Two types of aircraft electrical power generation systems have found wide acceptance. These include systems of the constant speed generator/mechanical transmission type and newer electronic variable speed constant frequency (VSCF) systems. Both of these systems lack the ability to provide AC power when they are operated below their normal design speed range. Although lower speed capability can be added, it requires a large weight and size penalty. Therefore the demand for such capability from the primary AC power source has been small. Auxiliary power is generally furnished by battery systems which supply a low voltage of for example 28 volts DC.

One type of VSCF system includes a generator which operates at variable speeds to supply a DC voltage to an inverter by way of a pair of DC-link conductors. Previous approaches to providing auxiliary power from DC-link systems were heavy, costly and did not take advantage of the inherent capability of the system. These approaches utilized a separate isolation transformer, rectifier and filter. In some cases, the regulation was done with an active switching regulator. Each of these approaches resulted in the addition of significant weight to the system.

SUMMARY OF THE INVENTION

Electrical power, at less than idle speeds, is typically used on an airplane for prestart engine instrumentation power, ignition devices, etc. In an engine out situation, the engine usually windmills at a speed below idle, yet sufficiently high that some power could be extracted for restart procedures if the power system were capable of delivering it. DC power is needed for the most critical aircraft loads, and a DC-link VSCF system has a source of DC power inherently available. The present invention seeks to take advantage of the inherent capabilities of a DC-link VSCF system to provide backup or auxiliary DC power capability with little weight penalty.

A DC-link, variable speed constant frequency power supply having an auxiliary DC output and constructed in accordance with this invention comprises: a variable speed electrical generator for producing a DC voltage on a pair of DC-link conductors; an inverter for converting this DC voltage to a constant frequency AC output; means for regulating the DC voltage at alternative voltage levels by controlling the output of the generator; and means for switching one of the DC-link conductors to an auxiliary DC output line and for switching the other one of the DC-link conductors to a reference terminal. The system can then be constructed to supply auxiliary DC power when the generator is operated at below rated speed or when an external auxiliary supply command signal is received. An AC generator may be used in combination with a bridge circuit to produce the DC voltage.

The power supply system of this invention can supply auxiliary DC power from a DC-link VSCF system by a method which comprises the steps of: monitoring the speed of the VSCF system generator; connecting one of the DC-link conductors to an auxilary output line and connecting the other DC-link conductor to a reference point when the speed of the generator is below a predetermined speed; and regulating the voltage between the DC-link conductors to maintain a predetermined auxiliary voltage level when the speed of the generator is below the predetermined speed. Alternatively, the DC-link conductors can be connected to the auxiliary output line and reference terminal, respectively, in response to an external auxiliary output command signal, such as an aircraft cockpit command. In that case, auxiliary power can be supplied over the entire operating speed range of the generator.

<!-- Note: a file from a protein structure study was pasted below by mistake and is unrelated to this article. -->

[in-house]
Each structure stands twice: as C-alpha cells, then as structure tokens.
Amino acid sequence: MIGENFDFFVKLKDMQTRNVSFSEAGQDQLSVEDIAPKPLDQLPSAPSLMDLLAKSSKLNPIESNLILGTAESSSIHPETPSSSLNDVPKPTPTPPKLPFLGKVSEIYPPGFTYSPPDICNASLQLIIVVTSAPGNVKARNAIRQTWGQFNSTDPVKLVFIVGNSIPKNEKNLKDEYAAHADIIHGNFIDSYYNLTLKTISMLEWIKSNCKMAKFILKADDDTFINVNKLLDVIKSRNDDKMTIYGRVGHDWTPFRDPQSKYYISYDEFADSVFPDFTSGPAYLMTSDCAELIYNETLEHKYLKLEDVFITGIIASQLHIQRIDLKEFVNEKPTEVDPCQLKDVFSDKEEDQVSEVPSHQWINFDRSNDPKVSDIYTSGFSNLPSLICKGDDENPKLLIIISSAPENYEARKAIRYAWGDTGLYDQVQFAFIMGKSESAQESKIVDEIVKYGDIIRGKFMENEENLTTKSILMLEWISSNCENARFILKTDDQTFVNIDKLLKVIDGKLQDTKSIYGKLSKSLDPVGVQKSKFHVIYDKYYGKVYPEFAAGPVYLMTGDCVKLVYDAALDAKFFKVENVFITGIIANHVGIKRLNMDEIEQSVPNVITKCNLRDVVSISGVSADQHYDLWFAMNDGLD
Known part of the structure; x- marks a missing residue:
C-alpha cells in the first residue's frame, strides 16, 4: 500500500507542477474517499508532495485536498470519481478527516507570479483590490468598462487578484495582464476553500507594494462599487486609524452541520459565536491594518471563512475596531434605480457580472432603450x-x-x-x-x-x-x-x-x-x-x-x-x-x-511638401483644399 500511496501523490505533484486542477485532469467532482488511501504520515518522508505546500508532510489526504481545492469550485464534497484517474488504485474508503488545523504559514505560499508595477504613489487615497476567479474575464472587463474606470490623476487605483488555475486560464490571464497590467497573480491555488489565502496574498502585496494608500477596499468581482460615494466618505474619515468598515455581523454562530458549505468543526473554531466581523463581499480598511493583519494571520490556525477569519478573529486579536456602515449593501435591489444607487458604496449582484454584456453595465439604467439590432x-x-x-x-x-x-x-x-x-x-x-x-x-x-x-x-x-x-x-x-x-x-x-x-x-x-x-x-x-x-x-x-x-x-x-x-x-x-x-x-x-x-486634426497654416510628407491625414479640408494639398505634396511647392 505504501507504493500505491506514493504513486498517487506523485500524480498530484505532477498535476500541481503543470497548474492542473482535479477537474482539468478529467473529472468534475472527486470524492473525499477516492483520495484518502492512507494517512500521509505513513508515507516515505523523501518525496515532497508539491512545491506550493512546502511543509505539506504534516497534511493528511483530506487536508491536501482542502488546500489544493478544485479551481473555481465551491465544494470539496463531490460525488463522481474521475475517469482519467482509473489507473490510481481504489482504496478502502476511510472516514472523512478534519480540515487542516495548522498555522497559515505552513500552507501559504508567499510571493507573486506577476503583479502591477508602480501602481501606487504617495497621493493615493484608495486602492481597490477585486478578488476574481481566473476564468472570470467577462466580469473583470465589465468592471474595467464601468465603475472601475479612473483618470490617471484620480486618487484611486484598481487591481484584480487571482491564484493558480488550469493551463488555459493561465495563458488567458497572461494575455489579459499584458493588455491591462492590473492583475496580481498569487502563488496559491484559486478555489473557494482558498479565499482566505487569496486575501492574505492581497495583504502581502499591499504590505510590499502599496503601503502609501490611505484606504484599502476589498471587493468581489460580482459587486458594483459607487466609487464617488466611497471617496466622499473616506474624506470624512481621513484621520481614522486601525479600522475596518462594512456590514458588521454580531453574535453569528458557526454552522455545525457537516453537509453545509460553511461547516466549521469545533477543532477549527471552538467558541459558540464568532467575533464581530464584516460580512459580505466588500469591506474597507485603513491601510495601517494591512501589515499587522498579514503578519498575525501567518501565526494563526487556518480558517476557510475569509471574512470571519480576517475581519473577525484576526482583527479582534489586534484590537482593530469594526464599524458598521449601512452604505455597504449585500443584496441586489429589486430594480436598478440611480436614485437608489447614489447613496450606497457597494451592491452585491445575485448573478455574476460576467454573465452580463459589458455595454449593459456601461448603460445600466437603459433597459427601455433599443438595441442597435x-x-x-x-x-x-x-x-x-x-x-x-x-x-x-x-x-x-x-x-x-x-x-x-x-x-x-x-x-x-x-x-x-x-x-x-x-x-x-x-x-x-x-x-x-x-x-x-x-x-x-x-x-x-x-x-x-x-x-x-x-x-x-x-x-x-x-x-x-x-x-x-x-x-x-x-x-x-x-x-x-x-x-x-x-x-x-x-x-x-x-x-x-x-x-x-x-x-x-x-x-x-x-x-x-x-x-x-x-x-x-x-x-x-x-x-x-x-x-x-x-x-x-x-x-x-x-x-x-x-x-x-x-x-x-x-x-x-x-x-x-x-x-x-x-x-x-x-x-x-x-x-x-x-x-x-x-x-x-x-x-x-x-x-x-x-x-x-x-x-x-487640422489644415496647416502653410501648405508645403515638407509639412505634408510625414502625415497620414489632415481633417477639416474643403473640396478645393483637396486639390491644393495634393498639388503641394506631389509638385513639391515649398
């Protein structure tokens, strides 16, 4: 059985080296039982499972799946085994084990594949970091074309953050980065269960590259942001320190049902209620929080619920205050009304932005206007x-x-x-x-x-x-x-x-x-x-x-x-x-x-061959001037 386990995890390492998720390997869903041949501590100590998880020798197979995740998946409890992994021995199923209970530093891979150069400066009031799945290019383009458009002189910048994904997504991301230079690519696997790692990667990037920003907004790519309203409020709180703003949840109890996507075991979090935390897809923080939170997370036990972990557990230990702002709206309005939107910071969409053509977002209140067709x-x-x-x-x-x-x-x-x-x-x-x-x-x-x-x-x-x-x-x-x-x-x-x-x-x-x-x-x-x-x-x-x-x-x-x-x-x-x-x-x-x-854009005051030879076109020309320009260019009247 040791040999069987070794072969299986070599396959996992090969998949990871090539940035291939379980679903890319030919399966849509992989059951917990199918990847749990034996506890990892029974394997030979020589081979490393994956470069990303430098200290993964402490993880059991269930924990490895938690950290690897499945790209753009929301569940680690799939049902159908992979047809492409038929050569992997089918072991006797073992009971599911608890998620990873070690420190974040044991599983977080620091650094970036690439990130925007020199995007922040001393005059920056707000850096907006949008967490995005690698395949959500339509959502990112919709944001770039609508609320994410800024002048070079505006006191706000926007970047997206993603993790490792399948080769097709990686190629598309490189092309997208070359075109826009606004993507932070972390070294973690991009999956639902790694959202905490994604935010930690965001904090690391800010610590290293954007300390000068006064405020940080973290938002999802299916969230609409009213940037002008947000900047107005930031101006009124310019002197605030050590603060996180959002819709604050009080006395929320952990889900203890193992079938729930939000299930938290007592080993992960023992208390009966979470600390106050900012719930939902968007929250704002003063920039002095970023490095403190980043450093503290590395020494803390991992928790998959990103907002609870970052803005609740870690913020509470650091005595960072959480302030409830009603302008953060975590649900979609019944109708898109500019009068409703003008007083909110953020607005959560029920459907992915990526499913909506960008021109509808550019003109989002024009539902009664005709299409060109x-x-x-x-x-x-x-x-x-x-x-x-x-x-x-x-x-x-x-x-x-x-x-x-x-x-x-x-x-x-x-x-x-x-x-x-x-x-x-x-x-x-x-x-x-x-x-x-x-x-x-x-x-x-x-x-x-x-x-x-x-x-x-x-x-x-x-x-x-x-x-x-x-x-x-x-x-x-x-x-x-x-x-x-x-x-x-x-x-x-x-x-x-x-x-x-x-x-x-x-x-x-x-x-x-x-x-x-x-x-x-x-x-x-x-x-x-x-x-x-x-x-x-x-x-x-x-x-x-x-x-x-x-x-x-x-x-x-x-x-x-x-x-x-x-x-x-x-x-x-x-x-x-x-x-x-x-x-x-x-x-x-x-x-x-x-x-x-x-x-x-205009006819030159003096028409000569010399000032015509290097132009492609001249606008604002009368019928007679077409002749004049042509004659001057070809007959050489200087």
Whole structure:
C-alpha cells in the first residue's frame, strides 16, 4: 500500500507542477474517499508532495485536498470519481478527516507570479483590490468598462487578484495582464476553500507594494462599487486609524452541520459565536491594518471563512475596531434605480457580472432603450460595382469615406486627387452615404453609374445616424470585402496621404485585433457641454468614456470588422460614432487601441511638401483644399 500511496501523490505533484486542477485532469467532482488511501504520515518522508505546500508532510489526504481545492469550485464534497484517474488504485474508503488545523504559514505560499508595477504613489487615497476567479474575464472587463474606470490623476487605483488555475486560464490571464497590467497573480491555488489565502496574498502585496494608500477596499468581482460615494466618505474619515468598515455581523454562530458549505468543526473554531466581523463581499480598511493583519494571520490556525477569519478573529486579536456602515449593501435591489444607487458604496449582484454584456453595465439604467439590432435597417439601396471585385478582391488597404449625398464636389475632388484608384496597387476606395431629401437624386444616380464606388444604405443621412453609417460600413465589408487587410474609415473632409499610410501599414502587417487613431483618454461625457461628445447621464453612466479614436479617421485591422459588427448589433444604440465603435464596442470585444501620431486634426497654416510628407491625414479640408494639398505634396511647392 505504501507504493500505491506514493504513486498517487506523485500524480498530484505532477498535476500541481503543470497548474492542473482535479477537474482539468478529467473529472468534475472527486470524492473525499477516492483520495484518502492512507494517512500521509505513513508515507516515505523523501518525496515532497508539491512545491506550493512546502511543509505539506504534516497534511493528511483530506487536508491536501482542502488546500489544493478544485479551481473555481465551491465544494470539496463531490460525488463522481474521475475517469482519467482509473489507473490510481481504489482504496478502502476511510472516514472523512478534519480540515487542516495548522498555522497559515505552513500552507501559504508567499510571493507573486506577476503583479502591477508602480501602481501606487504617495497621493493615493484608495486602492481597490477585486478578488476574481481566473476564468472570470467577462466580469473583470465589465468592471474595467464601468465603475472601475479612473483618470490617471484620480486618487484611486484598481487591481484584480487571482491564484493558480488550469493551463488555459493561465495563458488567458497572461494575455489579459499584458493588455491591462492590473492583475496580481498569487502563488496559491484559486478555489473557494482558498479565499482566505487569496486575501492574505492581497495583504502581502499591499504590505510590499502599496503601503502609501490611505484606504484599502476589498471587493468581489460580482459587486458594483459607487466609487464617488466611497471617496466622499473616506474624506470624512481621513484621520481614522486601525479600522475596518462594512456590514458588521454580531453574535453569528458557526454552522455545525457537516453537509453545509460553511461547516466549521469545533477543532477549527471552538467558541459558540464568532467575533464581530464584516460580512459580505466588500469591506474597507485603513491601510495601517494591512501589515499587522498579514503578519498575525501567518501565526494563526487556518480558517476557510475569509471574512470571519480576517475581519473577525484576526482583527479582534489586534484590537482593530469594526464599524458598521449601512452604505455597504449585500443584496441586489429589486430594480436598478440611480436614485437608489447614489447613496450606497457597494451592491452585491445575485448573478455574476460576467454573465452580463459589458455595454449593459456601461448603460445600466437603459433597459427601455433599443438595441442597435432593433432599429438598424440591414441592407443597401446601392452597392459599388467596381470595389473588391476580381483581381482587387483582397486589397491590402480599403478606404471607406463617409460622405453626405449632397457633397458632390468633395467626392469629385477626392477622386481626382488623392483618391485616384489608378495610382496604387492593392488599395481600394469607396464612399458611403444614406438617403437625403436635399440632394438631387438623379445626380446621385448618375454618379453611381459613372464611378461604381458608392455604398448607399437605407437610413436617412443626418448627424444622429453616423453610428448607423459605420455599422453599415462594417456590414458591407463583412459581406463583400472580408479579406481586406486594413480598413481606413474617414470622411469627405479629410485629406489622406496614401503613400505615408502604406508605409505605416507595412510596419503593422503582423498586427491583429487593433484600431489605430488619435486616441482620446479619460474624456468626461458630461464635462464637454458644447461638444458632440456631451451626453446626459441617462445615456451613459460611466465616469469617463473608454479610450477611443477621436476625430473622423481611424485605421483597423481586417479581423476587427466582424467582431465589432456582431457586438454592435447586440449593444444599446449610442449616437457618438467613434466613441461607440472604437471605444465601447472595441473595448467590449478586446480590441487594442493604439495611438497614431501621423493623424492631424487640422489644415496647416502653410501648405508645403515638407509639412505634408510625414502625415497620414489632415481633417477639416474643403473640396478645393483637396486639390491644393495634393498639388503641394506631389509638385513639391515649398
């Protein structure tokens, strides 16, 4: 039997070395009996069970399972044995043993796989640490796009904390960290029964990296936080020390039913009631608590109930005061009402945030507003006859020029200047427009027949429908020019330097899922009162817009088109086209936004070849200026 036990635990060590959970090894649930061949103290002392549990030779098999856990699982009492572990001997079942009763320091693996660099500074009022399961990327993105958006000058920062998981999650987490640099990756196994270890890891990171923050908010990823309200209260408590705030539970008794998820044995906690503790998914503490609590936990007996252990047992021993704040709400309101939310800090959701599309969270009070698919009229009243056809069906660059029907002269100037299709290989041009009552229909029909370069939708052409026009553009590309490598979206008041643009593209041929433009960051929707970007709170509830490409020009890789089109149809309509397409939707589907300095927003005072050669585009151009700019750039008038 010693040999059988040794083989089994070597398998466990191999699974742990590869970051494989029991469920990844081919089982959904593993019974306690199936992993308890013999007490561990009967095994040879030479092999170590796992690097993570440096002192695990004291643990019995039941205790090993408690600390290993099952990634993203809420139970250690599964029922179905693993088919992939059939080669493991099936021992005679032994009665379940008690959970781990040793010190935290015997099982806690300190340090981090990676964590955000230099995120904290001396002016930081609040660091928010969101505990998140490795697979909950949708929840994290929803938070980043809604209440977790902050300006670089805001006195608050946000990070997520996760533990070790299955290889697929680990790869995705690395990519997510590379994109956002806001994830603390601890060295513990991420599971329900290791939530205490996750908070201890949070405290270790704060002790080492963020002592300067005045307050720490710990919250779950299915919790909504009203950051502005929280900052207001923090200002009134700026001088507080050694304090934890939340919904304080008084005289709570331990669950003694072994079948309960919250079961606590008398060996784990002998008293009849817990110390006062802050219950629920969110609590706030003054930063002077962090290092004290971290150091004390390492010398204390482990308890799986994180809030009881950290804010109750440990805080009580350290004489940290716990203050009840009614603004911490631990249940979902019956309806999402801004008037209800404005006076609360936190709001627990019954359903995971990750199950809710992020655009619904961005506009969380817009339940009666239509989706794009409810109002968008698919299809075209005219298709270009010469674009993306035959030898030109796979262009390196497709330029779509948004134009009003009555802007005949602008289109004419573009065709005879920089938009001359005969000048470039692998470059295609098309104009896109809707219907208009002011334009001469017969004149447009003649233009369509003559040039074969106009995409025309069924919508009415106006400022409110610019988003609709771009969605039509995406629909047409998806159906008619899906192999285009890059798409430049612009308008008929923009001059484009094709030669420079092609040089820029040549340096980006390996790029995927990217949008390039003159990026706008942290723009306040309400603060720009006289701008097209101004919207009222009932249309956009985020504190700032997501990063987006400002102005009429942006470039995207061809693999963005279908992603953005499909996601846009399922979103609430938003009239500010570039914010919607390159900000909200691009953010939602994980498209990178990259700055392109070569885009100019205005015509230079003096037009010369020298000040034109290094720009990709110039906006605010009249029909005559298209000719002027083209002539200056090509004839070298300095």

In general, the DC voltage needed in an auxiliary aircraft power system is 28 volts DC, or about 10% of the normal level of DC-link voltage in a VSCF system. This means that the DC-link system could furnish the desired voltage at approximately 10% of the normal idle speed. This corresponds with the speeds needed for engine restarts, etc. In addition, the required DC power must be filtered to provide low ripple and existing DC-link systems include a filter which typically provides less than 1% ripple at rated current. The required auxiliary voltage level can be controlled by the existing DC-link system regulator.

BRIEF DESCRIPTION OF THE DRAWINGS

FIG. 1 is a schematic diagram of a power supply system constructed in accordance with one embodiment of the present invention;

FIG. 2 is a schematic diagram of an alternative embodiment of the present invention; and

FIG. 3 is a graph which illustrates the operating parameters of a DC-link VSCF system constructed in accordance with this invention.

DESCRIPTION OF THE PREFERRED EMBODIMENTS

FIG. 1 is a schematic diagram of a variable speed constant frequency power system constructed in accordance with one embodiment of the present invention. A variable speed AC generator 10 is connected to a diode bridge 12 which rectifies the generator output to produce a DC voltage on DC-link conductors 14 and 16. An inverter 18 receives power from the DC-link conductors 14 and 16 and produces a three phase output on lines 20, 22 and 24 which are connected to output terminals A, B and C, respectively. A fourth inverter output line 26 is connected to ground and also connected to terminal N. A filter capacitor 28 is connected between DC-link conductors 14 and 16.

A voltage regulator 30 monitors the inverter output voltage by way of lines 32, 34, 36 and 38 and operates to control the DC-link voltage by controlling the exciter field current in generator 10 by way of line 40, thereby controlling the inverter output when the generator is operated within its normal design speed range. Voltage regulator 30 also monitors the DC-link voltage by way of lines 42 and 44 and may, in one embodiment, monitor the generator speed by way of line 46. A relay comprising actuating coil 48 and contacts 50 and 52 provides means for switching DC-link conductor 14 to an auxiliary output terminal 54 and for switching DC-link conductor 16 to a grounded reference point. When the generator is operated at a speed which is below a preselected speed or when an external command signal is received on terminal 70, voltage regulator 30 will energize relay coil 48, thereby connecting the DC-link conductors between the auxiliary power output line and ground. The voltage regulator 30 then acts to maintain the DC-link voltage at the required auxiliary voltage level of for example 28 volts DC.